Baby, It's Cold Out There!

Tips for winter fun

James & Stef Adinaro James & Stef Adinaro  |  11.28.2015

Here we are just starting the holiday season and the weather in Utah has finally taken its turn towards winter. This gets me excited. James and I, as different as we are in most things, both agree on this. RVing is the best in colder weather.

Photo 02Now, most of you won’t agree with this, that’s pretty obvious, since campgrounds we visit in cold weather tend to be deserted. We love finding abandoned campsites in national or state forest lands, and staking our claim, at least for a night or two. It’s our own little oasis, whole campgrounds all to ourselves.

Photo 03While that’s a huge part of the appeal of winter camping for us, there’s more to it than that. There’s a special joy in being the only ones around as the snowflakes start falling outside the RV, and to being the first ones to make fresh footsteps in the snow. Everything’s so quiet and peaceful and still, at least until James’ neurotic gene shows itself, “STEF! You’re tracking snow all over the RV!” or, “STEF! You light a campfire with exactly 5 little sticks, not 6!” Ah, the serenity of RVing with the one you love…

SONY DSCYet still, we love winter camping together. But don’t think we’re sitting inside the RV all day twiddling our thumbs when the weather gets cold, far from it. We’d go nuts (actually James would drive me nuts). Instead, our winter camping trips tend to revolve around outdoor activities like skiing, snowshoeing, hiking, bickering (wait, I meant biking), etc.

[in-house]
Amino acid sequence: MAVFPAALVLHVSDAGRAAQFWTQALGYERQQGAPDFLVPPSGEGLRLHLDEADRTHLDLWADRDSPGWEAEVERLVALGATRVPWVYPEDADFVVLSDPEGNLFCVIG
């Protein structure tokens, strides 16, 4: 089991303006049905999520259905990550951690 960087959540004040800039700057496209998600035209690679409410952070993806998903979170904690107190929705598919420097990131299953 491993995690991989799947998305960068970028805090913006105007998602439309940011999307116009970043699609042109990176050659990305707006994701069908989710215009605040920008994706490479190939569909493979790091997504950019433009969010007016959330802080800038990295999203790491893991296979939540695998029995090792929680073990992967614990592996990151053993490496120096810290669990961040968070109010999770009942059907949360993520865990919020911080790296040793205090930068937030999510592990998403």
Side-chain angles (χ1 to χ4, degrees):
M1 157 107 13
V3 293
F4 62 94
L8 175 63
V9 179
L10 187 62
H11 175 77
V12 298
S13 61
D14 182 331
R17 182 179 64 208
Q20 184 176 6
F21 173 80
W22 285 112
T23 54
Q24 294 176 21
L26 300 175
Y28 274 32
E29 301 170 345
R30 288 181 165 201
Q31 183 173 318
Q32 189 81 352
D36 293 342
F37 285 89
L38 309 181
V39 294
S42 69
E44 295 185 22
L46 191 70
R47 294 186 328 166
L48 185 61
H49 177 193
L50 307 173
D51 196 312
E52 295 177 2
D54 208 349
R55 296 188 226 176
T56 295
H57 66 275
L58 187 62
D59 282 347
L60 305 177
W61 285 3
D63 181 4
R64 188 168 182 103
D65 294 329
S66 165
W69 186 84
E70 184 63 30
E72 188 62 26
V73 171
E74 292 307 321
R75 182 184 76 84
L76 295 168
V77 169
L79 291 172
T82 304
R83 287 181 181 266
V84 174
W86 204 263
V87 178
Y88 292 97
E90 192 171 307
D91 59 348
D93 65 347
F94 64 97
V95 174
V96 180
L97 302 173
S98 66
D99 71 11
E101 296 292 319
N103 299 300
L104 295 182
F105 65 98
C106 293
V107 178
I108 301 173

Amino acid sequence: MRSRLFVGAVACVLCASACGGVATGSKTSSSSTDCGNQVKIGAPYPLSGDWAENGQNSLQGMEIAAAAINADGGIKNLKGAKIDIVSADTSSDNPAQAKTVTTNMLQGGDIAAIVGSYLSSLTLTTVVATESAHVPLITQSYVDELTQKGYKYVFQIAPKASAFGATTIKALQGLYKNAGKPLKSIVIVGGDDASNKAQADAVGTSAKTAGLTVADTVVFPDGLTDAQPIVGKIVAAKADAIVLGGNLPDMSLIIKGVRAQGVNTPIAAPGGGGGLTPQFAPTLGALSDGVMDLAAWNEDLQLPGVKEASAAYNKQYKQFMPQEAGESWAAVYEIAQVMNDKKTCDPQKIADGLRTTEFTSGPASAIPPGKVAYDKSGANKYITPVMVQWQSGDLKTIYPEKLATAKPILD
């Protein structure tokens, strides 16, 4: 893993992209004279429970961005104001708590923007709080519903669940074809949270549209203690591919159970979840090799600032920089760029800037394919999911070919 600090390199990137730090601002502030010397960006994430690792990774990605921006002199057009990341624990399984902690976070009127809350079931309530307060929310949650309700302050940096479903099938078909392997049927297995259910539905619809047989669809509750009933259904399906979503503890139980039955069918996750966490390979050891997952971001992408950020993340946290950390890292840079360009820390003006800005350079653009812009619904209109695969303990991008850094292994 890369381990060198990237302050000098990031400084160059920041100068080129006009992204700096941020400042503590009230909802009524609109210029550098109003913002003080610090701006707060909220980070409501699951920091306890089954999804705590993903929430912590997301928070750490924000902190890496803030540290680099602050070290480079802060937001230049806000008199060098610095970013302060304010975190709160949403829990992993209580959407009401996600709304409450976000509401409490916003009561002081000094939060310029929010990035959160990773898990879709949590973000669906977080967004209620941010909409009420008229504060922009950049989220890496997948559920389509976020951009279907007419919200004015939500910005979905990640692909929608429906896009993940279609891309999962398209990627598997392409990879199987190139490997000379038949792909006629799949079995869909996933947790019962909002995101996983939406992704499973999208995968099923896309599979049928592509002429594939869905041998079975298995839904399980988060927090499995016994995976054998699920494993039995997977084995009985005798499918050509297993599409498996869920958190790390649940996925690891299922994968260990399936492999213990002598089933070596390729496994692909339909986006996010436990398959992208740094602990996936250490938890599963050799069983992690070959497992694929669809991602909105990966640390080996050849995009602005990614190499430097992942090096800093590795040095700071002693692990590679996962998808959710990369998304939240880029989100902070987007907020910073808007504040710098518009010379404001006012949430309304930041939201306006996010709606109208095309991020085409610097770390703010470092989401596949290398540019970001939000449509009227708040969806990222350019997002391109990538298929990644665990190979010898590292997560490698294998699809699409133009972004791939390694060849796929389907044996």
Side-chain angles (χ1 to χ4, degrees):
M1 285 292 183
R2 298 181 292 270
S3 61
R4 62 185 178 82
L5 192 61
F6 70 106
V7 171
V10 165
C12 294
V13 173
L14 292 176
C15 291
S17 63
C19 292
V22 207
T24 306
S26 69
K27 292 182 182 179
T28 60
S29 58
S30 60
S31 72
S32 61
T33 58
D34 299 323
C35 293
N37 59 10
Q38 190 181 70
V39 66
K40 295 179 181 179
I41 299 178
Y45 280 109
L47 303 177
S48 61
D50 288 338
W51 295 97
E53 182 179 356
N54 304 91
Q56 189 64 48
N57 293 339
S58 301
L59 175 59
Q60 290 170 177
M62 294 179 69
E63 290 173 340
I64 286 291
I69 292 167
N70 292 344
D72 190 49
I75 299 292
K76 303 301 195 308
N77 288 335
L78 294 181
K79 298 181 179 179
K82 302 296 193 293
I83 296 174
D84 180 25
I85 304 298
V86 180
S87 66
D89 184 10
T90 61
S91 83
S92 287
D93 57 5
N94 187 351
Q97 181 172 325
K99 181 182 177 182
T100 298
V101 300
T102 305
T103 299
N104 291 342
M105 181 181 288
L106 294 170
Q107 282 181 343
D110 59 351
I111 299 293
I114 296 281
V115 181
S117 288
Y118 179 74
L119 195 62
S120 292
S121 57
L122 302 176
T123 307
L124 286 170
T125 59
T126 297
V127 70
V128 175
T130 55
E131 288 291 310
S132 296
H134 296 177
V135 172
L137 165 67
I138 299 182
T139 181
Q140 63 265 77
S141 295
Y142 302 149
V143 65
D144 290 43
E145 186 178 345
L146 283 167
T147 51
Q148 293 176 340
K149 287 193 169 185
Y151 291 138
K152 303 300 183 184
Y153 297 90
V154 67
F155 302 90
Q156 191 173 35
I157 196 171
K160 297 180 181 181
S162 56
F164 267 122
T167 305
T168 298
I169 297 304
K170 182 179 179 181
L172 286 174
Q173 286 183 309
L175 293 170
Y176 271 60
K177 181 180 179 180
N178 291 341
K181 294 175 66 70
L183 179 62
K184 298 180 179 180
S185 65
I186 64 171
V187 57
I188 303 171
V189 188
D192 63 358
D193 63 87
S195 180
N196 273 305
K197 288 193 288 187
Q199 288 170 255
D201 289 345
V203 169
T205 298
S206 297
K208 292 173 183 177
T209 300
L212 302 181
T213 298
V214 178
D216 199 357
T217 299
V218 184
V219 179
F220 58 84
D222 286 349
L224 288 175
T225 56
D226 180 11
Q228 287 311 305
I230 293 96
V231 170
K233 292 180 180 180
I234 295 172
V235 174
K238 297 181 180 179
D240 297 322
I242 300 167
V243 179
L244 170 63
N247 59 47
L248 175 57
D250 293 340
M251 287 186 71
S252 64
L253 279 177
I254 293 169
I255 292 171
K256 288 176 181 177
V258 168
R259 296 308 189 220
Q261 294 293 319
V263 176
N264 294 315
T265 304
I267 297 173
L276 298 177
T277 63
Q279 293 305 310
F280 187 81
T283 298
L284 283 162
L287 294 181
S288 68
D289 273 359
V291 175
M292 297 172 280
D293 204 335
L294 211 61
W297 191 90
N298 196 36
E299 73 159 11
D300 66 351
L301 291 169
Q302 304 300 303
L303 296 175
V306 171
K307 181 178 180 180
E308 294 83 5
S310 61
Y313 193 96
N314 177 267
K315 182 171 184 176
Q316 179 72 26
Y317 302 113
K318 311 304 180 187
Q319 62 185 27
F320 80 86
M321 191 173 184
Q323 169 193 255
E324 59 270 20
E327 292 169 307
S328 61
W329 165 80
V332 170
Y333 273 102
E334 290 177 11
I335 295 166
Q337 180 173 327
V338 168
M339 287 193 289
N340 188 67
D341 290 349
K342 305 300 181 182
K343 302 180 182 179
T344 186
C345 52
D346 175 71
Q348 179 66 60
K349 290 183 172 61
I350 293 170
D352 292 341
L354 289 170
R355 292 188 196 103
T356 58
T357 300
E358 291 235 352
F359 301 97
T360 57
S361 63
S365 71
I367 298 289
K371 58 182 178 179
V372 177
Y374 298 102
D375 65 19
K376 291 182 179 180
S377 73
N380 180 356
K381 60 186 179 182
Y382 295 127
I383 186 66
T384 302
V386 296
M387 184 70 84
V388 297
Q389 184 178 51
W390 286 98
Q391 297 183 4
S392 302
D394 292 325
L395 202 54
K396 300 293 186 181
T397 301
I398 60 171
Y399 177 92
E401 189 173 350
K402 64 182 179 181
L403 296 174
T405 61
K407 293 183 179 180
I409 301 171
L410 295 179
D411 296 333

Photo 05And since we’re doing all these things while the weather’s cold, there are a lot of safety considerations and smart cold weather practices that come into play. Here are a few tips we’ve learned along the way.

Pay Extra Attention to Your Extremities:

Don’t skimp when it comes to keeping your extremities warm. Mittens are warmer than gloves, though not always convenient. Since cold and wet feet lose warmth quicker than cold and dry feet, make sure you do everything possible to keep your feet dry.

SONY DSCWater conducts heat away from the body. Make sure to pack waterproof footwear and socks that wick sweat for your outdoor adventures.  The same principles apply for your headwear. You want it warm, sweat-wicking, and with good coverage. We travel with face masks, and I especially find them useful on windy days.

Choosing Your Layers:

A good rule to remember for outdoor physical activity is to layer your clothes as if it’s 15 to 20 degrees warmer than it is, so that you’ll be slightly cool when you start. If you’re going to be physically active, you want to be careful about overdressing. If you have too many layers on, you might start sweating. This is bad!

Photo 07Sweat leaves your clothes wet, which will pull your body heat away, leaving you shivering once the activity level declines. Shivering is one of the first signs of hypothermia, and you should always avoid getting to that point.